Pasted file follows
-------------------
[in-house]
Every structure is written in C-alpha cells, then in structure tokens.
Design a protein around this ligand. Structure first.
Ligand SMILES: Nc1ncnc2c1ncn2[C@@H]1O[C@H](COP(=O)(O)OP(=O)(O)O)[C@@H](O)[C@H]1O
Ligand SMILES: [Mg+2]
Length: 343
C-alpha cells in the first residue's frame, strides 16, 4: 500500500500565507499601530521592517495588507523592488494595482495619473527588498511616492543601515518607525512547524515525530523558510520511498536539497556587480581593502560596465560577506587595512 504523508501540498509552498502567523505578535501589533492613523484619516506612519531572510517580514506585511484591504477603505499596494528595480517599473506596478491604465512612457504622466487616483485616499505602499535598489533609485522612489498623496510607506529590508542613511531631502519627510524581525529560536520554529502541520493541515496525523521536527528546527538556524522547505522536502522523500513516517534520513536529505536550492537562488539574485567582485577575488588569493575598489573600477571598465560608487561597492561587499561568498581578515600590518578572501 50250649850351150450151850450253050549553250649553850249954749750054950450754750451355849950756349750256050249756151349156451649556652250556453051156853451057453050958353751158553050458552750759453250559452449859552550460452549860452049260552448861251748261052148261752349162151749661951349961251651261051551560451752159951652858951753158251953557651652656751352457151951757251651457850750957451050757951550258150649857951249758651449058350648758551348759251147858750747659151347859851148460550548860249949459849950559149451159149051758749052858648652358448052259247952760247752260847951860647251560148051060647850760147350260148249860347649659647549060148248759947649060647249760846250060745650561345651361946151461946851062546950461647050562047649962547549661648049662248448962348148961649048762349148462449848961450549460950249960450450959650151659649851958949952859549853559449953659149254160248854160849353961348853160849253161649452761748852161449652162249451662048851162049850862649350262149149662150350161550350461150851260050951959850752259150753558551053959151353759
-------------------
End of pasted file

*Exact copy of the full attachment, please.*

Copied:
[in-house]
Every structure is written in C-alpha cells, then in structure tokens.
Design a protein around this ligand. Structure first.
Ligand SMILES: Nc1ncnc2c1ncn2[C@@H]1O[C@H](COP(=O)(O)OP(=O)(O)O)[C@@H](O)[C@H]1O
Ligand SMILES: [Mg+2]
Length: 343
C-alpha cells in the first residue's frame, strides 16, 4: 500500500500565507499601530521592517495588507523592488494595482495619473527588498511616492543601515518607525512547524515525530523558510520511498536539497556587480581593502560596465560577506587595512 504523508501540498509552498502567523505578535501589533492613523484619516506612519531572510517580514506585511484591504477603505499596494528595480517599473506596478491604465512612457504622466487616483485616499505602499535598489533609485522612489498623496510607506529590508542613511531631502519627510524581525529560536520554529502541520493541515496525523521536527528546527538556524522547505522536502522523500513516517534520513536529505536550492537562488539574485567582485577575488588569493575598489573600477571598465560608487561597492561587499561568498581578515600590518578572501 50250649850351150450151850450253050549553250649553850249954749750054950450754750451355849950756349750256050249756151349156451649556652250556453051156853451057453050958353751158553050458552750759453250559452449859552550460452549860452049260552448861251748261052148261752349162151749661951349961251651261051551560451752159951652858951753158251953557651652656751352457151951757251651457850750957451050757951550258150649857951249758651449058350648758551348759251147858750747659151347859851148460550548860249949459849950559149451159149051758749052858648652358448052259247952760247752260847951860647251560148051060647850760147350260148249860347649659647549060148248759947649060647249760846250060745650561345651361946151461946851062546950461647050562047649962547549661648049662248448962348148961649048762349148462449848961450549460950249960450450959650151659649851958949952859549853559449953659149254160248854160849353961348853160849253161649452761748852161449652162249451662048851162049850862649350262149149662150350161550350461150851260050951959850752259150753558551053959151353759